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women wearing mantilla at the Semana Santa in Sevilla, Spain.

A mantilla is a lace or silk scarf worn over the head and shoulders, often over a high comb, popular with women in Spain[1].

Contents

History

The lightweight ornamental mantilla came into use in the warmer regions of Spain towards the end of the sixteenth century, and ones made of lace became popular with women in the 17th and 18th centuries being depicted most notably in the portraits of Diego Velázquez and Goya. In the nineteenth century, Queen Isabel II (1833-1868) actively encouraged its use. The practice diminished after her death, and by 1900 the use of the mantilla became largely limited to special ceremonies, such as bullfights, Holy Week and weddings.

Peineta

A peineta similar in appearance to a large comb is used to hold up a mantilla. This ornamental comb, usually in tortoiseshell color, originated in the 19th century. It consists of a convex body and a set of prongs and is often used in conjunction with the mantilla. It adds the illusion of extra height to the wearer and also holds the hair in place when worn during weddings, processions and dance. It is a consistent element of some regional costumes of Valencia and Andalusia and it is also often found in costumes used in the Moorish and Gypsy influenced music and dance called Flamenco.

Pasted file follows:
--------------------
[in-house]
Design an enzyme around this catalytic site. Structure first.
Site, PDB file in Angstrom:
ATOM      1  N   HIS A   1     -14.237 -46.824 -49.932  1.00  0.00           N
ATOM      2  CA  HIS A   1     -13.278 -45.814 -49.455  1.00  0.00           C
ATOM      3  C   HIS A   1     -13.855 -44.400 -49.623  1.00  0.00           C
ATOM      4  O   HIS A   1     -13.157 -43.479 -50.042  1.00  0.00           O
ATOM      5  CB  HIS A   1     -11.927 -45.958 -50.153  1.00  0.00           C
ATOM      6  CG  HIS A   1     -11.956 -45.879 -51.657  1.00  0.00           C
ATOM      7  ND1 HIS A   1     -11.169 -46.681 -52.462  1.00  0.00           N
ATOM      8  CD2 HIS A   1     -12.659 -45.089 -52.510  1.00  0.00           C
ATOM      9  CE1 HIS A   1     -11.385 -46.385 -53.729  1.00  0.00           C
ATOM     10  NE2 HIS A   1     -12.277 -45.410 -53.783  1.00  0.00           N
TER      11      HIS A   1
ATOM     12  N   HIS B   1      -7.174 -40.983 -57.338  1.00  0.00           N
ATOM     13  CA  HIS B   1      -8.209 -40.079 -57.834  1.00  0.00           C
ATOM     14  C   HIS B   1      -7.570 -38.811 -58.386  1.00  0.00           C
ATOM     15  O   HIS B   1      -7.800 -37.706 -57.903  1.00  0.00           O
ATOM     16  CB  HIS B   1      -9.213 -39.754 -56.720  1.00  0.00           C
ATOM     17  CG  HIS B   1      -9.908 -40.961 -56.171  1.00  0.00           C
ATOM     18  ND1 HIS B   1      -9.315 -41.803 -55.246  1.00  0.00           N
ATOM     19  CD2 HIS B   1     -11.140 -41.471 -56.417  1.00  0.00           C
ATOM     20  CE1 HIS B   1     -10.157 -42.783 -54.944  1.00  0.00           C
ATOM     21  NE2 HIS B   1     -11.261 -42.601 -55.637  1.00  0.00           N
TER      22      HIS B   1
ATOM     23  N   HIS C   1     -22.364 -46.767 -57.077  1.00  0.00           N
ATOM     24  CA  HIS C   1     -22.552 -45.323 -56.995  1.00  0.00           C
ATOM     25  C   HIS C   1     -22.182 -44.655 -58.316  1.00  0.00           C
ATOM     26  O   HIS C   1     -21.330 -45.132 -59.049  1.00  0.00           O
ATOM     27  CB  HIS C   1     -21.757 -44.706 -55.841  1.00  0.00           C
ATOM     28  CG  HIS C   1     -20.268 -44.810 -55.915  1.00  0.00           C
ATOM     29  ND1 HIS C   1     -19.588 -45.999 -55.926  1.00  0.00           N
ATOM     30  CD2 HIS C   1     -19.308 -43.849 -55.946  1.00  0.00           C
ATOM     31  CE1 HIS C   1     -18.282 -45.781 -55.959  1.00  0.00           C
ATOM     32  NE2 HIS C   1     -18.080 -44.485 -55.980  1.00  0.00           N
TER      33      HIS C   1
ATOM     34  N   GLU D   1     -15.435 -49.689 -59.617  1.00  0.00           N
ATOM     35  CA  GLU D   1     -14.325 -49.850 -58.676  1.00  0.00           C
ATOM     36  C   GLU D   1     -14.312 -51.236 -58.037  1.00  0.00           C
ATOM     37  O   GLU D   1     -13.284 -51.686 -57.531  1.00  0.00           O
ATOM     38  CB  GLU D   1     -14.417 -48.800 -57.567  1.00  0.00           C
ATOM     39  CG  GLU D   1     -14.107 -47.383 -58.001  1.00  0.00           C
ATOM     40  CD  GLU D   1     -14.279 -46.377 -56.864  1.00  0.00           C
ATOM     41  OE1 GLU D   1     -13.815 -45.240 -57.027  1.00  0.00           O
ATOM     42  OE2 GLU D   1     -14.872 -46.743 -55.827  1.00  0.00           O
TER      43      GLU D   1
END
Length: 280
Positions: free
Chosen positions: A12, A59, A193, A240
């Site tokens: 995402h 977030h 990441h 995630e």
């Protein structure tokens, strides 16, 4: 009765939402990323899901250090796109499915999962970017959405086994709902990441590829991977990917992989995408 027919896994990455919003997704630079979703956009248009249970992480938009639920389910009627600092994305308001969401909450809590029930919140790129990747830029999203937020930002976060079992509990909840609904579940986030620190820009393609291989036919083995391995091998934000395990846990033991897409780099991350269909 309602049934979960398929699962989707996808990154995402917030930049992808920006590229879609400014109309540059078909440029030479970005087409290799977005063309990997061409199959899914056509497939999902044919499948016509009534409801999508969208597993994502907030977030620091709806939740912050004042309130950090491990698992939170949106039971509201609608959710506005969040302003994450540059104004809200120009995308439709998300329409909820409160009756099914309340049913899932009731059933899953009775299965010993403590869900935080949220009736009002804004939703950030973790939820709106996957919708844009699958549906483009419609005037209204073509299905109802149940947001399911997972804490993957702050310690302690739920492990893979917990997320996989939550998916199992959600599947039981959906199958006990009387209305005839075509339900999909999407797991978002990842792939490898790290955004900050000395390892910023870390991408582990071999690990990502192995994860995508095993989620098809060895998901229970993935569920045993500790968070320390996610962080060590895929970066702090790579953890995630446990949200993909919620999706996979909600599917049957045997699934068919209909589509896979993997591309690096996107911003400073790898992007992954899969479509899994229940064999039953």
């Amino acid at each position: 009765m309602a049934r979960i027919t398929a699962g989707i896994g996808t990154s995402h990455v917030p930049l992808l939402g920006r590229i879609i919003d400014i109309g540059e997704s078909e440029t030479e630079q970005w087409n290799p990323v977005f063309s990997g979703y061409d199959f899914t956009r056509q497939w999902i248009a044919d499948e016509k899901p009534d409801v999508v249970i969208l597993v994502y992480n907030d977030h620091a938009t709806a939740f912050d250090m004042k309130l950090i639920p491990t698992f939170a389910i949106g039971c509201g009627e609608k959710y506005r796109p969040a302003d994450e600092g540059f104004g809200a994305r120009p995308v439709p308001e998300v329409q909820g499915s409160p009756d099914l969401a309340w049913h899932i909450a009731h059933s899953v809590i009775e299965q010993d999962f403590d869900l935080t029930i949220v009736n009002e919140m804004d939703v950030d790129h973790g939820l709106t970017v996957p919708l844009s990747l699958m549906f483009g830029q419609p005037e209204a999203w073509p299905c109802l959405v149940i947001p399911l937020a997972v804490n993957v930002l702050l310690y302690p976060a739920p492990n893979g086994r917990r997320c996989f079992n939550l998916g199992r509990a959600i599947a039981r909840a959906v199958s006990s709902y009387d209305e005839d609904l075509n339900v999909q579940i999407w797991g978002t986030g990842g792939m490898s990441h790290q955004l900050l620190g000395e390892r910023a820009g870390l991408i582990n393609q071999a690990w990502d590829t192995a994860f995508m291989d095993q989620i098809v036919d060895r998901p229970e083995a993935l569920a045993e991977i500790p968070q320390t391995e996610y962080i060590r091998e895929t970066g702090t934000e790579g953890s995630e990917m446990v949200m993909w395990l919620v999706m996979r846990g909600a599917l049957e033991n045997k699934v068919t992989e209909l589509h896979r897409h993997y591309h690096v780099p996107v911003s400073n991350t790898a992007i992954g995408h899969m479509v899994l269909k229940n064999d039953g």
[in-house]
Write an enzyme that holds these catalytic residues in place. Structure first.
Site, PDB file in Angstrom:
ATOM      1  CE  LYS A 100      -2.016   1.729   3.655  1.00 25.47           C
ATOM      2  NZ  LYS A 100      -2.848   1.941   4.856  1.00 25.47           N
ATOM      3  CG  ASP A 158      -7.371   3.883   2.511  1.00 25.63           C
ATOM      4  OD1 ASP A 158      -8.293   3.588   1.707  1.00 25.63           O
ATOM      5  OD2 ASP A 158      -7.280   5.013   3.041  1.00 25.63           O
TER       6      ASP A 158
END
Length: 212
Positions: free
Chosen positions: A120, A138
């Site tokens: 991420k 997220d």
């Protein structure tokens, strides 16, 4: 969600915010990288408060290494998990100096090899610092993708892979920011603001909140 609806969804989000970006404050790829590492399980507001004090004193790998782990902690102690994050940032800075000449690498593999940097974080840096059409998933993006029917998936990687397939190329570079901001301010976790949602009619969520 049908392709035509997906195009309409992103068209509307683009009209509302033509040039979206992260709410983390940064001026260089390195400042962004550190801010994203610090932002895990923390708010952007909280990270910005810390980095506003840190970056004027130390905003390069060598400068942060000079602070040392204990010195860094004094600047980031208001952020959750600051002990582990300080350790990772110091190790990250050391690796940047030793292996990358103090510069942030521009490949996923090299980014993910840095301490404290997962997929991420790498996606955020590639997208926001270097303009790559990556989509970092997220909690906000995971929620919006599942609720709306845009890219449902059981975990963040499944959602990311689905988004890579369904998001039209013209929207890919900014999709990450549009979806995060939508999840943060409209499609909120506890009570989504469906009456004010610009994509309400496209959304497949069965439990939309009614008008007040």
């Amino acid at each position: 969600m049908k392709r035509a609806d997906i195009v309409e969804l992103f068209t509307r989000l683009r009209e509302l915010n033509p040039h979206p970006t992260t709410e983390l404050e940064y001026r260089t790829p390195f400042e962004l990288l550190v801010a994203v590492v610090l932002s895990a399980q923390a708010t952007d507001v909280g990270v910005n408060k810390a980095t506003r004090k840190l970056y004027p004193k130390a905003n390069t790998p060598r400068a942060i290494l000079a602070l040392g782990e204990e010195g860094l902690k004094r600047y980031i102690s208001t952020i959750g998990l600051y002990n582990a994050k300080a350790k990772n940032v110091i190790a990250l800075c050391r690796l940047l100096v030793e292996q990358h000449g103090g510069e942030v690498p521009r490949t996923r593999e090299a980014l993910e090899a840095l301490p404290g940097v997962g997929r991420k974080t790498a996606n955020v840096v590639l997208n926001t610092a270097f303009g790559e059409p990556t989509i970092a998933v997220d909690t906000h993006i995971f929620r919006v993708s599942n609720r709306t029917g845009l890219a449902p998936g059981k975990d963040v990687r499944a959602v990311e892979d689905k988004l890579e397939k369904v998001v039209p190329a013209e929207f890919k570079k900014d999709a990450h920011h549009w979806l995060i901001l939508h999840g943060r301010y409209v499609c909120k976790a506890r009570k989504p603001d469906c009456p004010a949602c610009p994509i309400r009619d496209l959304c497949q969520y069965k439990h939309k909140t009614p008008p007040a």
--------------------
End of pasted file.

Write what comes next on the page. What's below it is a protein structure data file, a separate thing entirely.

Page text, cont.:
Usage in Catholicism

George W. Bush and his wife Laura Bush in mantilla visit Pope John Paul II at Castel Gandolfo near Rome

In the Catholic Church, orthodox practice is for women to wear chapel veils and mantillas to church. This has declined since Vatican II, though traditionalist Catholics continue to use them, especially since Pope Benedict XVI's motu proprio Summorum Pontificum.

Perhaps due to the promotion of the mantilla by Queen Isabel II, it became traditional for ladies to wear a mantilla when received in audience by the Pope, though other head coverings for women prevailed before it and after it. In the second half of the twentieth century its use declined markedly, though it is not completely out of use.

Irish presidents Mary Robinson and Mary McAleese, Soviet Union First Lady Raisa Gorbachev and German Chancellor Angela Merkel all met popes without wearing mantillas.

Queen Sofía of Spain, as a Catholic Queen, exercised a royal privilege known as Privilège du blanc, an entitlement and royal privilege to wear white attire instead of black in the presence of the Pope. Only Roman Catholic queens and kings are allowed to have an audience with the Pope wearing white clothing, while the rest are advised and expected to wear black. At the inauguration of Pope Benedict XVI and the Requiem Mass for John Paul II, she and Queen Paola of Belgium wore a white mantilla and a black mantilla, respectively.

In more recent times Laura Bush while visiting the Holy See in 2006, members of Grand Ducal Family of Luxembourg during inauguration festivities, and Michelle Obama while visiting the Holy See in July 2009, wore mantillas.

See also

References

  1. ^ The American Heritage Dictionary of the English Language: Fourth Edition. 2000

External links

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